Although earlier studies described some degree of cognitive change in a percentage of people living with ALS, it is only recently widely recognized and more clearly defined, especially in light of the discovery of genetic mutations linked to both ALS and frontotemporal dementia (FTD). ALS and FTD are now considered a spectrum disorder with pure ALS or pure FTD at either end of the spectrum and ALS combined with FTD to varying degrees. People suffering from cognitive changes, as seen in FTD, show change in personality and in mental processes.
Cognitive changes appear in several degenerative disorders of the nervous system, such as Parkinson’s disease (PD) and Alzheimer’s disease (AD). FTD differs from the dementia in Alzheimer’s disease in that memory stays intact, but other higher order functions such as decision-making, foresight and speech can become severely impaired. The gene mutations and proteins identified for AD and FTD are distinct and the affected regions of the brain differ.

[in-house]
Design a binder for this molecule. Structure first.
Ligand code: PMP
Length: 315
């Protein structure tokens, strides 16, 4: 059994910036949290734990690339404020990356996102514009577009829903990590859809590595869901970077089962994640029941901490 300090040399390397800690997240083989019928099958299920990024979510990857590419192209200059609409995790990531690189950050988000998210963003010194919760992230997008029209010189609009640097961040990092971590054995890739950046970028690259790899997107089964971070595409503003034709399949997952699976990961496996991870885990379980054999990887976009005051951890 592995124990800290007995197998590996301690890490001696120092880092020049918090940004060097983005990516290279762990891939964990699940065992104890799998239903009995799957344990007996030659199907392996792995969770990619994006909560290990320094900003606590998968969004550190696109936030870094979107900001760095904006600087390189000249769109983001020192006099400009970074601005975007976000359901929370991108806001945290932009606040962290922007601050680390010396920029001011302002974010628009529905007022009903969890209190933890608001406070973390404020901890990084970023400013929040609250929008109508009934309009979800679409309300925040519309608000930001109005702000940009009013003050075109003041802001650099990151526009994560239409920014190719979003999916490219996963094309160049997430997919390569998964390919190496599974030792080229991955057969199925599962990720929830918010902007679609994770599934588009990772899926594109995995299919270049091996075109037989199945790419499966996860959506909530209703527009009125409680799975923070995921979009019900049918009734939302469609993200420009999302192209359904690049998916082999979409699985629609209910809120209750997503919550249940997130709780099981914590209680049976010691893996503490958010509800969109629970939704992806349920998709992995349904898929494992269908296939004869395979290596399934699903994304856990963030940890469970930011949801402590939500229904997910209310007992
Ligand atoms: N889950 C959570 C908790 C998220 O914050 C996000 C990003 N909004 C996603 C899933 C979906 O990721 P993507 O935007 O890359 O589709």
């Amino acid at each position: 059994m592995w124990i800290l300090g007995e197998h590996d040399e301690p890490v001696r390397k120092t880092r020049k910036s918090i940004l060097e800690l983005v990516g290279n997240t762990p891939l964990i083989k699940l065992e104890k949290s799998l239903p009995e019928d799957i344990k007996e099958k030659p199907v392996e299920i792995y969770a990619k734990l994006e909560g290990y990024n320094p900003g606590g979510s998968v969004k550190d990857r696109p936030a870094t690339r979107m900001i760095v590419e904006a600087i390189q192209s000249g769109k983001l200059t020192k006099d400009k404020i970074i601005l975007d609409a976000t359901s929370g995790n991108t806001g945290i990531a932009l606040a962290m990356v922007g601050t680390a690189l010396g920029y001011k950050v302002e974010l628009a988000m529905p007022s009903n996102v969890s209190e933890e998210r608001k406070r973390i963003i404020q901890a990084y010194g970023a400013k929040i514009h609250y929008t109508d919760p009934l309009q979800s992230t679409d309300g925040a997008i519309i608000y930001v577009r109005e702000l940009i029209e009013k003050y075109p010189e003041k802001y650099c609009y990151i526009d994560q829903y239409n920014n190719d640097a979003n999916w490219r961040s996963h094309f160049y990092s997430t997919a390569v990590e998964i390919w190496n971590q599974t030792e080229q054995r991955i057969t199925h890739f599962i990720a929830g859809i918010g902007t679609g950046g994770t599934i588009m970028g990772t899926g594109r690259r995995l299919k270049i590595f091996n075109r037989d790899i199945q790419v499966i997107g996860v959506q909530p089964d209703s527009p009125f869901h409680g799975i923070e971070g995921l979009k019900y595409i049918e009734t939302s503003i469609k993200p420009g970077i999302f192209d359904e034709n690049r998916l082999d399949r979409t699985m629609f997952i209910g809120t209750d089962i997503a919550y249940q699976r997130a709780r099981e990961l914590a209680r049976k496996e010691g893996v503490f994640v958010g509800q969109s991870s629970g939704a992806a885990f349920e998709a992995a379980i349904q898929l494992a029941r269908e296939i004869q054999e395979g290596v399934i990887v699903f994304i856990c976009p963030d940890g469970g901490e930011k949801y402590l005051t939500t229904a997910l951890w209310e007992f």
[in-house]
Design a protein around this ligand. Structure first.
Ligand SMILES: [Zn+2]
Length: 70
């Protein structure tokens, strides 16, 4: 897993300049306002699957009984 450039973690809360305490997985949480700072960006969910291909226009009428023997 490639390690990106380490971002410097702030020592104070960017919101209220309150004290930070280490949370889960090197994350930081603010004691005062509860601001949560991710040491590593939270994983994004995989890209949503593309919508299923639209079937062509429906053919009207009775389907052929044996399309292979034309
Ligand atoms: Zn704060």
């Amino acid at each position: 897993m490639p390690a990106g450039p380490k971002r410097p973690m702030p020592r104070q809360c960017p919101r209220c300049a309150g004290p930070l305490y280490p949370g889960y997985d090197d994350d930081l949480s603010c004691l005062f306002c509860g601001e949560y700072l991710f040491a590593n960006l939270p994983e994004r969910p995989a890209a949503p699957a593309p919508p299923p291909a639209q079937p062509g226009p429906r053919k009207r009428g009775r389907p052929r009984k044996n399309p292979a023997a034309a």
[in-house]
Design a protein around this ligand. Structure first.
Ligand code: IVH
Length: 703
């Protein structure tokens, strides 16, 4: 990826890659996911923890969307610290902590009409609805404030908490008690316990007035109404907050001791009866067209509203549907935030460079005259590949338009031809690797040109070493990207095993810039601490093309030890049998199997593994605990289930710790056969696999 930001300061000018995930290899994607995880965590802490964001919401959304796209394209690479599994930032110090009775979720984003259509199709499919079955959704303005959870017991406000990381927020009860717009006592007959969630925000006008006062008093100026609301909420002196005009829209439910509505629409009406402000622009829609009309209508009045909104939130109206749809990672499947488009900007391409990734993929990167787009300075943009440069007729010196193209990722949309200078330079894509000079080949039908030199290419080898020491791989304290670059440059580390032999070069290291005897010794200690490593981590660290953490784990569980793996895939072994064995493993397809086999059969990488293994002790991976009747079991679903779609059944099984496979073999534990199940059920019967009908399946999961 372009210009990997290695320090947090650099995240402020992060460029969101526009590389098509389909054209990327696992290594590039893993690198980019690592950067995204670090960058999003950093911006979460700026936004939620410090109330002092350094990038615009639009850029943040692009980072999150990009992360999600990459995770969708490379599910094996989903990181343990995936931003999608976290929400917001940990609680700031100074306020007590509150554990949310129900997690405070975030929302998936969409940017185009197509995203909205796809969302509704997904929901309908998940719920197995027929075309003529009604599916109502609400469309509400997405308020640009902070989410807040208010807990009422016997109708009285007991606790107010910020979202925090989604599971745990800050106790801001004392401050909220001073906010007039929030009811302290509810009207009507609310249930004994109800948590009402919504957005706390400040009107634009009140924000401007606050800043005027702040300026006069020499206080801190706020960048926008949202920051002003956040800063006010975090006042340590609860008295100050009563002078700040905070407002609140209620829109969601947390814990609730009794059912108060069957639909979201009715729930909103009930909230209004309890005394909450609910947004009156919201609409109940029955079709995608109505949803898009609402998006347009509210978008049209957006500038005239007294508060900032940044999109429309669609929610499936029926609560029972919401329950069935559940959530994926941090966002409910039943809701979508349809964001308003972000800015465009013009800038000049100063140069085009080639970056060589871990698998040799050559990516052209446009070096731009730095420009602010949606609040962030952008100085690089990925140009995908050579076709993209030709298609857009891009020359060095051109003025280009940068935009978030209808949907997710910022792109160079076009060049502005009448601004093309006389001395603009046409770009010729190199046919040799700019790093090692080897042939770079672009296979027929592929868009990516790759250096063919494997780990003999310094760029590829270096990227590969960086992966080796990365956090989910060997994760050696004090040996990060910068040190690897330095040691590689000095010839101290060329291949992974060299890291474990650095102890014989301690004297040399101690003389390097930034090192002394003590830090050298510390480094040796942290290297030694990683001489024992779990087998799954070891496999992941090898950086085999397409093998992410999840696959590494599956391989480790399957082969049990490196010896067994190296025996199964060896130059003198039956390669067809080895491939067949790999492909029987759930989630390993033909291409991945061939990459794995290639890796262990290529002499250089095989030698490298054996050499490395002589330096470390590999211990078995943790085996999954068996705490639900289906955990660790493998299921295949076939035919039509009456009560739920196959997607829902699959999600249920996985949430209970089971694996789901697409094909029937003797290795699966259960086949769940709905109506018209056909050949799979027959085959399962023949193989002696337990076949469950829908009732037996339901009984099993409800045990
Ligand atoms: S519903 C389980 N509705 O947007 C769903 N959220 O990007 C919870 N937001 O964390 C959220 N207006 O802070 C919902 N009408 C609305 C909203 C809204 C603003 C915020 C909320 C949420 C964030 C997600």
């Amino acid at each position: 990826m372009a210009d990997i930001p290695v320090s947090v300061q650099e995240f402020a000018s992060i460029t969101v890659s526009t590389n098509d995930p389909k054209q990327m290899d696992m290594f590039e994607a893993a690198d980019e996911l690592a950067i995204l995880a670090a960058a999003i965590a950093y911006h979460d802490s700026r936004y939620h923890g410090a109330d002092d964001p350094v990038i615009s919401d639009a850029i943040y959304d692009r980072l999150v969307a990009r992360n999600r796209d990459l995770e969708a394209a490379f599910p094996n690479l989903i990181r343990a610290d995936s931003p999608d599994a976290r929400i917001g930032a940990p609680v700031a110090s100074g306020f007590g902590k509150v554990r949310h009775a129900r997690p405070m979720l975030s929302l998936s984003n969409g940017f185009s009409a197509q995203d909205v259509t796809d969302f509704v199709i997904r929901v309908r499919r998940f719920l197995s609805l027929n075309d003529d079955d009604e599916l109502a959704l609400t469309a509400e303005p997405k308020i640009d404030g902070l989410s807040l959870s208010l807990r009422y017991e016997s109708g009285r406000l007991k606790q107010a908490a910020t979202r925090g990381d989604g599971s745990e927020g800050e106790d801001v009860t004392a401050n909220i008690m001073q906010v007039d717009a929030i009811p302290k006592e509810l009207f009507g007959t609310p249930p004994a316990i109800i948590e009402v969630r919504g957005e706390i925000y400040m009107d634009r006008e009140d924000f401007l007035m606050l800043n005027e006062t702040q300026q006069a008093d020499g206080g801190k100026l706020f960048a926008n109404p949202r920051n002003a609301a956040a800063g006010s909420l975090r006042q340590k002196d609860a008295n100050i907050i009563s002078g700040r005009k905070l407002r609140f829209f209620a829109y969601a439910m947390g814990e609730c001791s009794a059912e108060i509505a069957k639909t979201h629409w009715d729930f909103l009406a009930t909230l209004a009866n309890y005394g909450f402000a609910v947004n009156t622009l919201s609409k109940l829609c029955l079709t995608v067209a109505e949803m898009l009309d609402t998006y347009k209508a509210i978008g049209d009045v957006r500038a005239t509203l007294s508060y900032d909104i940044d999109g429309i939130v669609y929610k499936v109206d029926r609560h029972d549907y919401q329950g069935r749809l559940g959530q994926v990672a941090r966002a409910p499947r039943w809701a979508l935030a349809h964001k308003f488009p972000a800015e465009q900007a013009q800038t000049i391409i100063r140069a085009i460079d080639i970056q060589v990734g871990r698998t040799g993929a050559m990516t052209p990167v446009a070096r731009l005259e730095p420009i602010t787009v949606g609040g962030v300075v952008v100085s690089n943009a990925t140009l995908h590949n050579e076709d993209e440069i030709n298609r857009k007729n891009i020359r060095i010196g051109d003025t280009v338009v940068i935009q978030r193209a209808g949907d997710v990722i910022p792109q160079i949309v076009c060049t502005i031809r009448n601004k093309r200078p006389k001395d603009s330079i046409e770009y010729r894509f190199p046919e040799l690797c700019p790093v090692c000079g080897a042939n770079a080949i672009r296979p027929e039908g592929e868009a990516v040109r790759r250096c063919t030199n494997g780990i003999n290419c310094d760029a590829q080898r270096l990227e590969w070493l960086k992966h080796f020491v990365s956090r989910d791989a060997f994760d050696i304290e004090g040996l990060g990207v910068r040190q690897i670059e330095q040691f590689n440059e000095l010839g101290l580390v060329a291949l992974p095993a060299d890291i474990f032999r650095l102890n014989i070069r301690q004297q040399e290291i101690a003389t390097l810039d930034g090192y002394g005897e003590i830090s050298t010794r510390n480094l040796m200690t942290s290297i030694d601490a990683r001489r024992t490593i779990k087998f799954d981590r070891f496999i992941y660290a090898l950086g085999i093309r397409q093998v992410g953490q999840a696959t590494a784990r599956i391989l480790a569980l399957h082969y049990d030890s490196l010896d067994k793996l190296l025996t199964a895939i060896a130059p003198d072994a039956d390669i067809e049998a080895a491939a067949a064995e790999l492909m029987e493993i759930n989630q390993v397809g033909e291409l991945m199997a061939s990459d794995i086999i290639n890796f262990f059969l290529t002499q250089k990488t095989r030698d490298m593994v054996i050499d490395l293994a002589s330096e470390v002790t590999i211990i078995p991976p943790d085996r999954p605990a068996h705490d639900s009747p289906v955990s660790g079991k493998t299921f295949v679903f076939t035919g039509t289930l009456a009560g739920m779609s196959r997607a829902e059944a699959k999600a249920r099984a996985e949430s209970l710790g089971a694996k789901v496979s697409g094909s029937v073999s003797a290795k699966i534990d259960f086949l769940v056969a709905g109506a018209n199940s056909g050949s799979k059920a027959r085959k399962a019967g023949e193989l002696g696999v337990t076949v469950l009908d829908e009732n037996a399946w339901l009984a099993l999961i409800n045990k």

Frontotemporal refers to the forward part of the brain that sits above the eyes and behind the temples. Lowering of the function of this region can lead to impulsive, compulsive, and emotional behavior.
What The ALS Association is Doing
Currently most of the emphasis in this area has been the development and characterization of gene mutations that are common to both ALS and FTD. Studies include disease modeling, drug and biomarker development in particular for C9orf72, TDP43 and FUS.
Why It Matters
Research in FTD can give clues to ALS disease. Importantly, up to 40 percent of FTD cases carry a C9orf72 mutation, which is the most common genetic cause of ALS. It remains unclear how the same gene causes two very different clinical features, however provides a promising target for therapy development that will benefit both disorders. Many investigators are showing that this type of dementia can occur together with motor neuron disease, and in some instances, the personality change precedes the motor symptoms. The changes can hamper a person’s ability to cope with the demanding nature of an illness such as ALS. More knowledge of the incidence and nature of this dementia will aid practitioners in caring and planning for people living with ALS.